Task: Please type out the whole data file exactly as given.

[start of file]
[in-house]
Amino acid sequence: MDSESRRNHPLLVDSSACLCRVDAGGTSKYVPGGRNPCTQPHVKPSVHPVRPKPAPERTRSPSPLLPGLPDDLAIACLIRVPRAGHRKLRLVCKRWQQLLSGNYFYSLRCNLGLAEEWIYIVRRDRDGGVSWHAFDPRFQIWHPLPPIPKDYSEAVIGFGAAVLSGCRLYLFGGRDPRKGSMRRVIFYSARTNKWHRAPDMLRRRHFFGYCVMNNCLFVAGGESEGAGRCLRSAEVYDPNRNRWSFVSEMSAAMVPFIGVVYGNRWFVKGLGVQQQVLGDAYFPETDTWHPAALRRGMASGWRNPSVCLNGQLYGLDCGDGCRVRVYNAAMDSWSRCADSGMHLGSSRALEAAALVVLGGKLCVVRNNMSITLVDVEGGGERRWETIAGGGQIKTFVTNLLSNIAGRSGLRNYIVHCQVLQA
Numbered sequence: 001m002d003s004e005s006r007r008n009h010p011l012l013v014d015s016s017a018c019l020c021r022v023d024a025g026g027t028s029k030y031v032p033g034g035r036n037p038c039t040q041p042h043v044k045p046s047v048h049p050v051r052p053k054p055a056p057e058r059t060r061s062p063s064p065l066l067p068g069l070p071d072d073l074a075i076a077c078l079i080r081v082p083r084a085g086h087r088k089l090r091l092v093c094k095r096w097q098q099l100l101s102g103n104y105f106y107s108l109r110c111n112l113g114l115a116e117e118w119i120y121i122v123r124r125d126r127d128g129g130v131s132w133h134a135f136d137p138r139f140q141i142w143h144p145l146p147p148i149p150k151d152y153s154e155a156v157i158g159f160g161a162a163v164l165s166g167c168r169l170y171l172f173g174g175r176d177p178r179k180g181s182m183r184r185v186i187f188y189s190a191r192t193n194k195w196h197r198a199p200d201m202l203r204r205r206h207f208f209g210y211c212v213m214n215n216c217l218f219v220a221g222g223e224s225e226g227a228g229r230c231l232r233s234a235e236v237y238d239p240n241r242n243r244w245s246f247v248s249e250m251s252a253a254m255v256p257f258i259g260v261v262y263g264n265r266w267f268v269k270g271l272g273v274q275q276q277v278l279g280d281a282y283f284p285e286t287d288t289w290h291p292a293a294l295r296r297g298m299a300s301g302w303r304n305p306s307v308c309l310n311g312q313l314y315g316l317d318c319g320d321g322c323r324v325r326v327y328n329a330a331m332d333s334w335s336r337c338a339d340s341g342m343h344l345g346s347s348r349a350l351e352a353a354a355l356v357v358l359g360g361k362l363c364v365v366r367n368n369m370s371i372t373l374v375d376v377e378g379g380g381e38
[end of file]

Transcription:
[in-house]
Amino acid sequence: MDSESRRNHPLLVDSSACLCRVDAGGTSKYVPGGRNPCTQPHVKPSVHPVRPKPAPERTRSPSPLLPGLPDDLAIACLIRVPRAGHRKLRLVCKRWQQLLSGNYFYSLRCNLGLAEEWIYIVRRDRDGGVSWHAFDPRFQIWHPLPPIPKDYSEAVIGFGAAVLSGCRLYLFGGRDPRKGSMRRVIFYSARTNKWHRAPDMLRRRHFFGYCVMNNCLFVAGGESEGAGRCLRSAEVYDPNRNRWSFVSEMSAAMVPFIGVVYGNRWFVKGLGVQQQVLGDAYFPETDTWHPAALRRGMASGWRNPSVCLNGQLYGLDCGDGCRVRVYNAAMDSWSRCADSGMHLGSSRALEAAALVVLGGKLCVVRNNMSITLVDVEGGGERRWETIAGGGQIKTFVTNLLSNIAGRSGLRNYIVHCQVLQA
Numbered sequence: 001m002d003s004e005s006r007r008n009h010p011l012l013v014d015s016s017a018c019l020c021r022v023d024a025g026g027t028s029k030y031v032p033g034g035r036n037p038c039t040q041p042h043v044k045p046s047v048h049p050v051r052p053k054p055a056p057e058r059t060r061s062p063s064p065l066l067p068g069l070p071d072d073l074a075i076a077c078l079i080r081v082p083r084a085g086h087r088k089l090r091l092v093c094k095r096w097q098q099l100l101s102g103n104y105f106y107s108l109r110c111n112l113g114l115a116e117e118w119i120y121i122v123r124r125d126r127d128g129g130v131s132w133h134a135f136d137p138r139f140q141i142w143h144p145l146p147p148i149p150k151d152y153s154e155a156v157i158g159f160g161a162a163v164l165s166g167c168r169l170y171l172f173g174g175r176d177p178r179k180g181s182m183r184r185v186i187f188y189s190a191r192t193n194k195w196h197r198a199p200d201m202l203r204r205r206h207f208f209g210y211c212v213m214n215n216c217l218f219v220a221g222g223e224s225e226g227a228g229r230c231l232r233s234a235e236v237y238d239p240n241r242n243r244w245s246f247v248s249e250m251s252a253a254m255v256p257f258i259g260v261v262y263g264n265r266w267f268v269k270g271l272g273v274q275q276q277v278l279g280d281a282y283f284p285e286t287d288t289w290h291p292a293a294l295r296r297g298m299a300s301g302w303r304n305p306s307v308c309l310n311g312q313l314y315g316l317d318c319g320d321g322c323r324v325r326v327y328n329a330a331m332d333s334w335s336r337c338a339d340s341g342m343h344l345g346s347s348r349a350l351e352a353a354a355l356v357v358l359g360g361k362l363c364v365v366r367n368n369m370s371i372t373l374v375d376v377e378g379g380g381e38